Tourism  Vesak ceremony at Borobudur

The monument is the single most visited tourist attraction in Indonesia. In 1974, 260,000 tourists visited the monument; 36,000 of them were foreigners.[38] The figure climbed to 2.5 million visitors annually (80% were domestic tourists) in the mid-1990s, before the country's economic crisis.[38] Tourism development, however, has been criticized for not including the local community, giving rise to occasional conflicts.[39] In 2003, residents and small businesses around Borobudur organized several meetings and poetry protests, objecting to a provincial government plan to build a three-storey mall complex, dubbed "Java World".[40]

In June 2012, Borobudur was recorded in the Guinness Book of World Records as the world's largest Buddhist temple.[41]

Conservation  Buddhist monks chant on the top platform

UNESCO identified three specific areas of concern under the present state of conservation: (i) vandalism by visitors; (ii) soil erosion in the south-eastern part of the site; and (iii) analysis and restoration of missing elements.[42] The soft soil, the numerous earthquakes and heavy rains lead to the destabilization of the structure. Earthquakes are by far the most important contributing factors, since not only do stones fall down and arches crumble, but the earth itself can move in waves, further destroying the structure.[42] The increasing popularity of the stupa brings in many visitors, most of whom are from Indonesia. Despite warning signs on all levels not to touch anything, the regular transmission of warnings over loudspeakers and the presence of guards, vandalism on reliefs and statues is a common occurrence and problem, leading to further deterioration.[42]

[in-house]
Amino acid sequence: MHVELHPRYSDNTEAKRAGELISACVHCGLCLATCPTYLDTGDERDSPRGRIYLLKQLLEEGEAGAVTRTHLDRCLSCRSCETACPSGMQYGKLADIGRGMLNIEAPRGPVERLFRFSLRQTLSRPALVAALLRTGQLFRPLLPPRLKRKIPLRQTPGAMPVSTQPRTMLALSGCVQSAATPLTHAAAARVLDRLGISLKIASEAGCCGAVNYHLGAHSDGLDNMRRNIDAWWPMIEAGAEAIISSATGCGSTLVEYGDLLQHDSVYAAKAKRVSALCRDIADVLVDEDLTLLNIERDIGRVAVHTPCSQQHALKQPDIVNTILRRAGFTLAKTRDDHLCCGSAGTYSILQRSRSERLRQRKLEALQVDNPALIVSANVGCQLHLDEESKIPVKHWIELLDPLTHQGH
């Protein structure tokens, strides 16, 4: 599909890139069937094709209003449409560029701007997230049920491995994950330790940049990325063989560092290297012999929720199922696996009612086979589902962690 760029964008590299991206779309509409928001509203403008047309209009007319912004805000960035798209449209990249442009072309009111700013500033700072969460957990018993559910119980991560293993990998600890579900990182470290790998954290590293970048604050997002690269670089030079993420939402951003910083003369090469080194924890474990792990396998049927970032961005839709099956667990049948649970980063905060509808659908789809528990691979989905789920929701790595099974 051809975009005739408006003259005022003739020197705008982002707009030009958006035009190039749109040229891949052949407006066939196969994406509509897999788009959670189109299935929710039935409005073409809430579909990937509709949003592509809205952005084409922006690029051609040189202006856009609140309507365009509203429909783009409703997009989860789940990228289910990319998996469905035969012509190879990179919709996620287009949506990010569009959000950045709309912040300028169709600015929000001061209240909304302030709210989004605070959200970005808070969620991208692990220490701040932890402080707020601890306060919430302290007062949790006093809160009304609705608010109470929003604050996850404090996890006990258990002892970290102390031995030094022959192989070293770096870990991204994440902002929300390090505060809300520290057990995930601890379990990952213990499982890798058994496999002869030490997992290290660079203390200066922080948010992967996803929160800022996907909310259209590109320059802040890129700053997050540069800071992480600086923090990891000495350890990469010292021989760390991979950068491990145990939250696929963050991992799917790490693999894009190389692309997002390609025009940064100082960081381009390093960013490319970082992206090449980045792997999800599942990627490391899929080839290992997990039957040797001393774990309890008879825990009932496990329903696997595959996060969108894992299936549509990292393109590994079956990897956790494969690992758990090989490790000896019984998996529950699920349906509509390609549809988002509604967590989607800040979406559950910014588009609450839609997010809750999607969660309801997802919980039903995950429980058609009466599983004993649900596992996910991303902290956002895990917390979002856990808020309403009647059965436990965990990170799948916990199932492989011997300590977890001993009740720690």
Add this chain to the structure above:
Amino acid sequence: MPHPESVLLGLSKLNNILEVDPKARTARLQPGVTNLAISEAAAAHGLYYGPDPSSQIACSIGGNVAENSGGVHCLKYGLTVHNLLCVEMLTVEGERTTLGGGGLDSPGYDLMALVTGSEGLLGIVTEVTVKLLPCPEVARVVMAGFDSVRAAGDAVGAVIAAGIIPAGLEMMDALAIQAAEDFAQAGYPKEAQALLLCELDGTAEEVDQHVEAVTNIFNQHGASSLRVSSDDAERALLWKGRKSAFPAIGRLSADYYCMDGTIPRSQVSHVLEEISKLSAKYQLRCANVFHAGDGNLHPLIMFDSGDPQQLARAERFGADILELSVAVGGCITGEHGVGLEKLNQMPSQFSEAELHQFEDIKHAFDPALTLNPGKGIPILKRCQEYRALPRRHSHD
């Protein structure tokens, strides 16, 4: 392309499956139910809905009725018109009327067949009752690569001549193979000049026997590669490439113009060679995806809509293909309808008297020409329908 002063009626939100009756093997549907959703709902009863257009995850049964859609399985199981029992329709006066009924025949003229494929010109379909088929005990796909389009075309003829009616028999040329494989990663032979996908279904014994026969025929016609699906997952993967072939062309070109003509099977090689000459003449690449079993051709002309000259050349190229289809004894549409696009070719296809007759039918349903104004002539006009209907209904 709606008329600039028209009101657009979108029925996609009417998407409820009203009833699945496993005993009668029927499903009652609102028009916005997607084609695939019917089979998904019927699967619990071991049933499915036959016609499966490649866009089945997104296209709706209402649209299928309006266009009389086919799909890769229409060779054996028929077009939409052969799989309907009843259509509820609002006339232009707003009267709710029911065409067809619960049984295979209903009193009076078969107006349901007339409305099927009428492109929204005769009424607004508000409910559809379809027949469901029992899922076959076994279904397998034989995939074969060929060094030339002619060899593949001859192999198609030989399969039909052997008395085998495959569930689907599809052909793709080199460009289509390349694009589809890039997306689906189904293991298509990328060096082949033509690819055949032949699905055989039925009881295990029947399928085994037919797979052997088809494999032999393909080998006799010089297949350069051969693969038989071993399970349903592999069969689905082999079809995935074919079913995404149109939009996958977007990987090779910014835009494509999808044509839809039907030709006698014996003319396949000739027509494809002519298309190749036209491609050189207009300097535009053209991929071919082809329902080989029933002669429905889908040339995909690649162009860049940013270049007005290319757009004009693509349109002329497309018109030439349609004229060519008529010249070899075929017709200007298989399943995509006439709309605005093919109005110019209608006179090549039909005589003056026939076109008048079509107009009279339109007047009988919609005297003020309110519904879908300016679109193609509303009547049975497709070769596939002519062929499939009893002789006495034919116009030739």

Rehabilitation  Borobudur is surrounded by mountains, including twin volcanoes Mount Merbabu (left) and Mount Merapi (right). Location of Borobudur relative to Mount Merapi and Yogyakarta

Borobudur was heavily affected by the eruption of Mount Merapi in October and November 2010. Volcanic ash from Merapi fell on the temple complex, which is approximately 28 kilometres (17 mi) west-southwest of the crater. A layer of ash up to 2.5 centimetres (1 in)[43] thick fell on the temple statues during the eruption of 3–5 November, covering the reliefs and clogging the drainage-system, with experts fearing that the acidic ash might damage the historic site.[44] The temple complex was closed from 5 to 9 November to clean up the ashfall.[45][46]

UNESCO donated US$3 million (equivalent to US$3,902,663 in 2022) as a part of the costs towards the rehabilitation of Borobudur after Mount Merapi's 2010 eruption.[47] More than 55,000 stone blocks comprising the temple's structure were dismantled to restore the drainage system, which had been clogged by slurry after the rain. The restoration was finished in November.[48]

In January 2012, two German stone-conservation experts spent ten days at the site analyzing the temples and making recommendations to ensure their long-term preservation.[49] In June, Germany agreed to contribute US$130,000 (equivalent to US$165,708 in 2022) to UNESCO for the second phase of rehabilitation, in which six experts in stone conservation, microbiology, structural engineering and chemical engineering would spend a week in Borobudur in June, then return for another visit in September or October. These missions would launch the preservation activities recommended in the January report and would include capacity building activities to enhance the preservation capabilities of governmental staff and young conservation experts.[50]

On 14 February 2014, major tourist attractions in Yogyakarta and Central Java, including Borobudur, Prambanan and Ratu Boko, were closed to visitors, after being severely affected by the volcanic ash from the eruption of Kelud volcano in East Java, located around 200 kilometers east from Yogyakarta. Workers covered the iconic stupas and statues of Borobudur temple to protect the structure from volcanic ash. The Kelud volcano erupted on 13 February 2014 with an explosion heard as far away as Yogyakarta.[51]

Security threats

On 21 January 1985, nine stupas were badly damaged by nine bombs.[52][53] In 1991, a blind Muslim preacher, Husein Ali Al Habsyie, was sentenced to life imprisonment for masterminding a series of bombings in the mid-1980s, including the temple attack.[54] Two other members of the Islamic extremist group that carried out the bombings were each sentenced to 20 years in 1986, and another man received a 13-year prison term.